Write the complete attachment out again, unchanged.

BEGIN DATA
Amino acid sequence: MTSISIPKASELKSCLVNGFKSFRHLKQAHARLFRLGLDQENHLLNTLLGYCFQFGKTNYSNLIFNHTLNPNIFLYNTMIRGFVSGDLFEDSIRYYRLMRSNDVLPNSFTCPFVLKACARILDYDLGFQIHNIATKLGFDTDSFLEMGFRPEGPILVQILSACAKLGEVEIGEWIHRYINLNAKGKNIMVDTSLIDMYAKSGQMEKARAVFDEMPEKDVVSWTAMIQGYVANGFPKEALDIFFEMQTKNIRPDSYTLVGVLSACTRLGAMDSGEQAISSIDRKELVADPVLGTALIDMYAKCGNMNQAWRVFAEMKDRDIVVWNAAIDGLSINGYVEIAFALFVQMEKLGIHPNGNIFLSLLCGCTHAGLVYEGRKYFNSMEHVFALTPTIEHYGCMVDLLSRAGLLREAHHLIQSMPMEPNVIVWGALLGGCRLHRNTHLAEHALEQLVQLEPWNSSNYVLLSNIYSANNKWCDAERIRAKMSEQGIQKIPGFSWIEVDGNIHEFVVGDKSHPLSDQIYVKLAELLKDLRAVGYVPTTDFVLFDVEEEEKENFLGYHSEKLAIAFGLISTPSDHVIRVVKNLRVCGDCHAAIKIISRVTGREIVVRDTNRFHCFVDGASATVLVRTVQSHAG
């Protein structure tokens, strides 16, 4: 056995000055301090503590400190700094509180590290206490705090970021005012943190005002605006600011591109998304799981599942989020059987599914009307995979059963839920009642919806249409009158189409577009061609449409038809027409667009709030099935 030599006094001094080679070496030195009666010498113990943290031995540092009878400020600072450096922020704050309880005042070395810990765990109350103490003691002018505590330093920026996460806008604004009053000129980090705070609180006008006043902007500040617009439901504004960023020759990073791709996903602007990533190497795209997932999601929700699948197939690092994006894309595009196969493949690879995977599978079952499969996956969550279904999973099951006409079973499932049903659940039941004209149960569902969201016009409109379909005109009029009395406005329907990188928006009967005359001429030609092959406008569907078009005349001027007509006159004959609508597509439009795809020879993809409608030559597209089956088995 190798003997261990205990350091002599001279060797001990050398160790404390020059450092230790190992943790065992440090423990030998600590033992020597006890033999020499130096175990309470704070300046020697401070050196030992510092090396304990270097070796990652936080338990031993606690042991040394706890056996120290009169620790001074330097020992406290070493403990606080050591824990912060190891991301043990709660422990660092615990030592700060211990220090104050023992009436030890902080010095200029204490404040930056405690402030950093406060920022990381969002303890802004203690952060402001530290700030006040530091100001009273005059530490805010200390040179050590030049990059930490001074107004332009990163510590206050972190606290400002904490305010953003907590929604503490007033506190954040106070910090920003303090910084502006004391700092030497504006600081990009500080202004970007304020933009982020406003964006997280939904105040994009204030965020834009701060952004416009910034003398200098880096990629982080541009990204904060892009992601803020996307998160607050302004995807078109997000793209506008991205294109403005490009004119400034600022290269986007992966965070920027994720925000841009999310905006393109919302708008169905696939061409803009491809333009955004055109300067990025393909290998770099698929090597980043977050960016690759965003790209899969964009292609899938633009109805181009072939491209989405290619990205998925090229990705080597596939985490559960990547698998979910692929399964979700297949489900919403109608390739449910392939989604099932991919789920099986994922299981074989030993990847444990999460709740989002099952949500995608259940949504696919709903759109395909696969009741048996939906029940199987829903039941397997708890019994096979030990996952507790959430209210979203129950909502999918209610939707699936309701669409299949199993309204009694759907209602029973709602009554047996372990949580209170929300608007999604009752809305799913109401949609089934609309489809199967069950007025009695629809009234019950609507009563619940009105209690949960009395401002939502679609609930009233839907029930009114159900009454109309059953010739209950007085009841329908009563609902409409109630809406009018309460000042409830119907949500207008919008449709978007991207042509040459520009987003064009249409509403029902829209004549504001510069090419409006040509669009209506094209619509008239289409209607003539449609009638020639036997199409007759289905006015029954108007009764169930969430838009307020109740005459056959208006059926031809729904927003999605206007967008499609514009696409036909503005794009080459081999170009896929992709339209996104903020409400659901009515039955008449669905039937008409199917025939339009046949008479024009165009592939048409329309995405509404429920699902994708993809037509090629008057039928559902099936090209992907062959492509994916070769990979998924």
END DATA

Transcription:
Amino acid sequence: MTSISIPKASELKSCLVNGFKSFRHLKQAHARLFRLGLDQENHLLNTLLGYCFQFGKTNYSNLIFNHTLNPNIFLYNTMIRGFVSGDLFEDSIRYYRLMRSNDVLPNSFTCPFVLKACARILDYDLGFQIHNIATKLGFDTDSFLEMGFRPEGPILVQILSACAKLGEVEIGEWIHRYINLNAKGKNIMVDTSLIDMYAKSGQMEKARAVFDEMPEKDVVSWTAMIQGYVANGFPKEALDIFFEMQTKNIRPDSYTLVGVLSACTRLGAMDSGEQAISSIDRKELVADPVLGTALIDMYAKCGNMNQAWRVFAEMKDRDIVVWNAAIDGLSINGYVEIAFALFVQMEKLGIHPNGNIFLSLLCGCTHAGLVYEGRKYFNSMEHVFALTPTIEHYGCMVDLLSRAGLLREAHHLIQSMPMEPNVIVWGALLGGCRLHRNTHLAEHALEQLVQLEPWNSSNYVLLSNIYSANNKWCDAERIRAKMSEQGIQKIPGFSWIEVDGNIHEFVVGDKSHPLSDQIYVKLAELLKDLRAVGYVPTTDFVLFDVEEEEKENFLGYHSEKLAIAFGLISTPSDHVIRVVKNLRVCGDCHAAIKIISRVTGREIVVRDTNRFHCFVDGASATVLVRTVQSHAG
């Protein structure tokens, strides 16, 4: 056995000055301090503590400190700094509180590290206490705090970021005012943190005002605006600011591109998304799981599942989020059987599914009307995979059963839920009642919806249409009158189409577009061609449409038809027409667009709030099935 030599006094001094080679070496030195009666010498113990943290031995540092009878400020600072450096922020704050309880005042070395810990765990109350103490003691002018505590330093920026996460806008604004009053000129980090705070609180006008006043902007500040617009439901504004960023020759990073791709996903602007990533190497795209997932999601929700699948197939690092994006894309595009196969493949690879995977599978079952499969996956969550279904999973099951006409079973499932049903659940039941004209149960569902969201016009409109379909005109009029009395406005329907990188928006009967005359001429030609092959406008569907078009005349001027007509006159004959609508597509439009795809020879993809409608030559597209089956088995 190798003997261990205990350091002599001279060797001990050398160790404390020059450092230790190992943790065992440090423990030998600590033992020597006890033999020499130096175990309470704070300046020697401070050196030992510092090396304990270097070796990652936080338990031993606690042991040394706890056996120290009169620790001074330097020992406290070493403990606080050591824990912060190891991301043990709660422990660092615990030592700060211990220090104050023992009436030890902080010095200029204490404040930056405690402030950093406060920022990381969002303890802004203690952060402001530290700030006040530091100001009273005059530490805010200390040179050590030049990059930490001074107004332009990163510590206050972190606290400002904490305010953003907590929604503490007033506190954040106070910090920003303090910084502006004391700092030497504006600081990009500080202004970007304020933009982020406003964006997280939904105040994009204030965020834009701060952004416009910034003398200098880096990629982080541009990204904060892009992601803020996307998160607050302004995807078109997000793209506008991205294109403005490009004119400034600022290269986007992966965070920027994720925000841009999310905006393109919302708008169905696939061409803009491809333009955004055109300067990025393909290998770099698929090597980043977050960016690759965003790209899969964009292609899938633009109805181009072939491209989405290619990205998925090229990705080597596939985490559960990547698998979910692929399964979700297949489900919403109608390739449910392939989604099932991919789920099986994922299981074989030993990847444990999460709740989002099952949500995608259940949504696919709903759109395909696969009741048996939906029940199987829903039941397997708890019994096979030990996952507790959430209210979203129950909502999918209610939707699936309701669409299949199993309204009694759907209602029973709602009554047996372990949580209170929300608007999604009752809305799913109401949609089934609309489809199967069950007025009695629809009234019950609507009563619940009105209690949960009395401002939502679609609930009233839907029930009114159900009454109309059953010739209950007085009841329908009563609902409409109630809406009018309460000042409830119907949500207008919008449709978007991207042509040459520009987003064009249409509403029902829209004549504001510069090419409006040509669009209506094209619509008239289409209607003539449609009638020639036997199409007759289905006015029954108007009764169930969430838009307020109740005459056959208006059926031809729904927003999605206007967008499609514009696409036909503005794009080459081999170009896929992709339209996104903020409400659901009515039955008449669905039937008409199917025939339009046949008479024009165009592939048409329309995405509404429920699902994708993809037509090629008057039928559902099936090209992907062959492509994916070769990979998924």